\begin{aligned}& \lim_{t\rightarrow0_{+}}\frac{\vert (N_{0^{+}}u)(t)\vert }{\| u\| t^{\alpha-1}(1-t)} \\& \quad=\frac{\vert \int_{0}^{1}(1-s)^{\alpha-1}\hat {a}_{0^{+}}(s,u(s))\,ds \vert }{\| u\|\Gamma(\alpha)} \\& \quad\leq\frac{\int_{0}^{1}(1-s)^{\alpha-1}\vert \hat {a}_{0^{+}}(s,u(s))\vert \,ds}{\| u\|\Gamma(\alpha)} \\& \quad=\frac{1}{\Gamma(\alpha)} \int _{0}^{1}(1-s)^{\alpha+1-n}s^{\alpha-n} \biggl\vert \frac{s^{n-1}(1-s)^{n-1}\hat{a}_{0^{+}}(s,u(s))}{u(s)}\frac {u(s)}{\| u\| s^{\alpha-1}(1-s)}\biggr\vert \,ds \\& \quad\leq\frac{1}{\Gamma(\alpha)} \int_{0}^{1}(1-s)^{\alpha +1-n}s^{\alpha-n} \biggl\vert \frac{s^{n-1}(1-s)^{n-1}\hat{a}_{0^{+}}(s,u(s))}{u(s)}\biggr\vert \,ds \\& \quad=\frac{1}{\Gamma(\alpha)}\biggl\vert \frac{\xi^{n-1}(1-\xi )^{n-1}\hat {a}_{0^{+}}(\xi,u(\xi))}{u(\xi)}\biggr\vert \int_{0}^{1}(1-s)^{\alpha +1-n}s^{\alpha-n} \,ds \\& \quad=\frac{\Gamma(\alpha-n+2)\Gamma(\alpha-n+1)}{\Gamma(\alpha )\Gamma(2\alpha-2n+3)}\biggl\vert \frac{\xi^{n-1}(1-\xi)^{n-1}\hat {a}_{0^{+}}(\xi,u(\xi))}{u(\xi)}\biggr\vert ,\quad \xi \in(0,1), \end{aligned}
(4.5)

and similarly

\begin{aligned}& \lim_{t\rightarrow1_{-}}\frac{\vert (N_{0^{+}}u)(t)\vert }{\| u\| t^{\alpha-1}(1-t)} \\& \quad=\frac{\vert \int_{0}^{1} [(1-s)^{\alpha -2}-(1-s)^{\alpha-1} ]\hat{a}_{0^{+}}(s,u(s))\,ds\vert }{\| u\|\Gamma(\alpha -1)} \\& \quad\leq\frac{1}{\Gamma(\alpha-1)} \int_{0}^{1} \bigl[(1-s)^{\alpha -n}-(1-s)^{\alpha-n+1} \bigr]s^{\alpha-n} \\& \qquad {}\times\biggl\vert \frac{s^{n-1}(1-s)^{n-1}\hat{a}_{0^{+}}(s,u(s))}{u(s)}\frac {u(s)}{\| u\| s^{\alpha-1}(1-s)}\biggr\vert \,ds \\& \quad\leq\frac{1}{\Gamma(\alpha-1)} \int_{0}^{1} \bigl[(1-s)^{\alpha -n}-(1-s)^{\alpha-n+1} \bigr]s^{\alpha-n} \biggl\vert \frac{s^{n-1}(1-s)^{n-1}\hat{a}_{0^{+}}(s,u(s))}{u(s)}\biggr\vert \,ds \\& \quad=\frac{1}{\Gamma(\alpha-1)}\biggl\vert \frac{\xi^{n-1}(1-\xi )^{n-1}\hat {a}_{0^{+}}(\xi,u(\xi))}{u(\xi)}\biggr\vert \int_{0}^{1} \bigl[(1-s)^{\alpha -n}-(1-s)^{\alpha-n+1} \bigr]s^{\alpha-n}\,ds \\& \quad=\frac{1}{\Gamma(\alpha-1)} \biggl[\frac{\Gamma(\alpha -n+1)\Gamma(\alpha -n+1)}{\Gamma(2\alpha-2n+2)} -\frac{\Gamma(\alpha-n+1)\Gamma(\alpha-n+2)}{\Gamma(2\alpha-2n+3)} \biggr] \\& \qquad {}\times \biggl\vert \frac{\xi^{n-1}(1-\xi)^{n-1}\hat{a}_{0^{+}}(\xi ,u(\xi))}{u(\xi )}\biggr\vert ,\quad\xi\in(0,1). \end{aligned}
(4.6)

Moreover,

\begin{aligned}& \frac{\vert (N_{0^{+}}u)(t)\vert }{\| u\| t^{\alpha-1}(1-t)} \\& \quad=\biggl\vert \frac{1}{\Gamma(\alpha)(1-t)} \int _{0}^{1}(1-s)^{\alpha-1}\frac {\hat{a}_{0^{+}}(s,u(s))}{\| u\|} \,ds \\& \qquad {}-\frac{1}{\Gamma(\alpha)t^{\alpha-1}(1-t)} \int _{0}^{t}(t-s)^{\alpha -1}\frac{\hat{a}_{0^{+}}(s,u(s))}{\| u\|} \,ds\biggr\vert \\& \quad\leq\frac{1}{\Gamma(\alpha)(1-t)} \int _{0}^{1}(1-s)^{\alpha-1}\frac{\vert \hat{a}_{0^{+}}(s,u(s)) \vert }{\| u\|} \,ds \\& \qquad {}+\frac{1}{\Gamma(\alpha)t^{\alpha-1}(1-t)} \int _{0}^{t}(t-s)^{\alpha -1}\frac{\vert \hat{a}_{0^{+}}(s,u(s))\vert }{\| u\|} \,ds \\& \quad= \int_{0}^{1}\frac{(1-s)^{\alpha-n+1}s^{\alpha-n}}{\Gamma (\alpha )(1-t)}\biggl\vert \frac{s^{n-1}(1-s)^{n-1}\hat {a}_{0^{+}}(s,u(s))}{u(s)}\biggr\vert \biggl\vert \frac{u(s)}{\| u\| s^{\alpha-1}(1-s)}\biggr\vert \,ds \\& \qquad{}+ \int_{0}^{t}\frac{(1-s)^{2-n}(t-s)^{\alpha -1}s^{\alpha-n}}{\Gamma(\alpha)t^{\alpha-1}(1-t)}\biggl\vert \frac {s^{n-1}(1-s)^{n-1}\hat{a}_{0^{+}}(s,u(s))}{u(s)} \biggr\vert \biggl\vert \frac {u(s)}{\| u\| s^{\alpha-1}(1-s)}\biggr\vert \,ds \\& \quad\leq \int_{0}^{1}\frac{(1-s)^{\alpha-n+1}s^{\alpha-n}}{\Gamma (\alpha )(1-t)}\biggl\vert \frac{s^{n-1}(1-s)^{n-1}\hat {a}_{0^{+}}(s,u(s))}{u(s)}\biggr\vert \,ds \\& \qquad{}+ \int_{0}^{t}\frac{(1-s)^{2-n}(t-s)^{\alpha-1}s^{\alpha -n}}{\Gamma (\alpha)t^{\alpha-1}(1-t)}\biggl\vert \frac{s^{n-1}(1-s)^{n-1}\hat {a}_{0^{+}}(s,u(s))}{u(s)} \biggr\vert \,ds \\& \quad= \biggl\vert \frac{\xi_{1}^{n-1}(1-\xi_{1})^{n-1}\hat {a}_{0^{+}}(\xi _{1},u(\xi_{1}))}{u(\xi_{1})}\biggr\vert \int_{0}^{1}\frac {(1-s)^{\alpha -n+1}s^{\alpha-n}}{\Gamma(\alpha)(1-t)} \,ds \\& \qquad{}+ \biggl\vert \frac{\xi_{2}^{n-1}(1-\xi_{2})^{n-1}\hat {a}_{0^{+}}(\xi _{2},u(\xi_{2}))}{u(\xi_{2})}\biggr\vert (1- \xi_{2})^{2-n} \int _{0}^{t}\frac {(t-s)^{\alpha-1}s^{\alpha-n}}{\Gamma(\alpha)t^{\alpha-1}(1-t)}\, ds \\& \quad= \biggl\vert \frac{\xi_{1}^{n-1}(1-\xi_{1})^{n-1}\hat {a}_{0^{+}}(\xi _{1},u(\xi_{1}))}{u(\xi_{1})}\biggr\vert \frac{\Gamma(\alpha-n+2)\Gamma(\alpha-n+1)}{\Gamma(\alpha)\Gamma (2\alpha -2n+3)(1-t)} \\& \qquad{}+ \biggl\vert \frac{\xi_{2}^{n-1}(1-\xi _{2})^{n-1}\hat{a}_{0^{+}}(\xi_{2},u(\xi_{2}))}{u(\xi_{2})}\biggr\vert (1- \xi_{2})^{2-n} \frac{\Gamma(\alpha-n+1)t^{\alpha-n+1}}{\Gamma (2\alpha -n+1)(1-t)}, \\& \qquad\xi_{1} \in(0,1),\xi_{2}\in(0,t). \end{aligned}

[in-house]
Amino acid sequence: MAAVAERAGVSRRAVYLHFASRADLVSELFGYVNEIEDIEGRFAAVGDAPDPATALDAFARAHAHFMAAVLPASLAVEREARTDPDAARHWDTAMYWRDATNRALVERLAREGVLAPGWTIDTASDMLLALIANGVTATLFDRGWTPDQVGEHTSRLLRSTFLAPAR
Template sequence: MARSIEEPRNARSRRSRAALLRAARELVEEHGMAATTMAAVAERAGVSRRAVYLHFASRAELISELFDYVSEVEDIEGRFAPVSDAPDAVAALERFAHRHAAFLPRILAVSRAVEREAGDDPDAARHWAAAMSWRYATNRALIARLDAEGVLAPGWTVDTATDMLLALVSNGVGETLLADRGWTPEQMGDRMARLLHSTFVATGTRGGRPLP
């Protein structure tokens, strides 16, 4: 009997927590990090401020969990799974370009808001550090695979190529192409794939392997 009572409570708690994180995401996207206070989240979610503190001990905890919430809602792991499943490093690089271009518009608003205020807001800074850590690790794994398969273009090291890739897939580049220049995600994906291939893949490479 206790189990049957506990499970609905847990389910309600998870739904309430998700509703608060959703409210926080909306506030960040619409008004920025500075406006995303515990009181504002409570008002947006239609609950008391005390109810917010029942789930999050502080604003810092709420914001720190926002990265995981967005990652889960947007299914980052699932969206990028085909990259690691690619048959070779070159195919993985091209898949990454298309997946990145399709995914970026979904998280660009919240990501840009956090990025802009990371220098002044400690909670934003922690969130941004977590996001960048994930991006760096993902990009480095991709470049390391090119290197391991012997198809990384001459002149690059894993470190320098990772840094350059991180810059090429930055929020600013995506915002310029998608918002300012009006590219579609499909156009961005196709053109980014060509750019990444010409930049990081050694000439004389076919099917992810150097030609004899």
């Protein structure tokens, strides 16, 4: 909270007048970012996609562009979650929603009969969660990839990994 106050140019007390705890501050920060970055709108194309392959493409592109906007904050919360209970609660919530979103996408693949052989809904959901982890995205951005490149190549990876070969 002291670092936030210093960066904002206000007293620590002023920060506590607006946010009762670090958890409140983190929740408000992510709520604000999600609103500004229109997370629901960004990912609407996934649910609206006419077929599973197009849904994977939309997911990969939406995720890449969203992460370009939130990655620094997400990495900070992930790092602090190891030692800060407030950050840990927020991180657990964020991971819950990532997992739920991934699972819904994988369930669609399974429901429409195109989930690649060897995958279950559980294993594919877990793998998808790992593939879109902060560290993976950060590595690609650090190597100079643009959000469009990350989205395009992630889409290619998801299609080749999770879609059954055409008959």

(4.7)

Because $$a_{0^{+}}(s,u(s))$$ has the property similar with (3.1) (the proof is easy, so we omit it), we can see that the convergence of (4.5) and (4.6) are independent of $$u\in X$$ (i.e., for any $$\varepsilon>0$$ there must exist a constant number $$\delta>0$$ such that for any $$u\in D$$, $$0< t<\delta$$ always implies $$\vert \frac{\vert (N_{0^{+}}u)(t)\vert }{\| u\| t^{\alpha-1}(1-t)}- \frac{\vert \int_{0}^{1}(1-s)^{\alpha-1}\hat {a}_{0^{+}}(s,u(s))\,ds\vert }{\| u\|\Gamma(\alpha)} \vert \leq\varepsilon$$ and $$1-\delta< t<1$$ always implies $$\vert \frac{\vert (N_{0^{+}}u)(t)\vert }{\| u\| t^{\alpha-1}(1-t)}- \frac{\vert \int_{0}^{1} [(1-s)^{\alpha-2}-(1-s)^{\alpha-1} ]\hat{a}_{0^{+}}(s,u(s))\,ds\vert }{\| u\|\Gamma(\alpha -1)}\vert <\varepsilon$$) and applying (4.3) on (4.5)-(4.7), we can finish this part.

Part 3. Applying LemmaÂ 2.2 and LemmaÂ 2.3, we can draw a conclusion as below.

For (4.4), from $$(\frac{\mu_{0^{+}}}{r},\theta)$$ there emanates an unbounded continuum of positive solutions $$C_{+}\subset\overline{D}_{+}$$. Here

$$D_{+}=\bigl\{ (\mu,u)\in\mathbb{R}\times X:u =\mu rL_{0^{+}}u+ \mu r N_{0^{+}}u \mbox{ with }\mu>0\mbox{ and } u> \theta\bigr\} .$$

Furthermore, $$(\mu,u)\in C_{+}$$ and $$\mu\neq\frac{\mu_{0^{+}}}{r}$$ always implies $$u>\theta$$.

To verify the existence of at least one positive solution of (1.2), we only need to show that $$C_{+}$$ crosses the hyperplane $${\{1\}}\times X$$ in $$\mathbb{R}\times X$$. To this end, it will be enough to show that $$C_{+}$$ joins $$(\frac{\mu _{0^{+}}}{r},\theta )$$ to $$(\frac{\mu_{+\infty}}{r},+\infty)$$.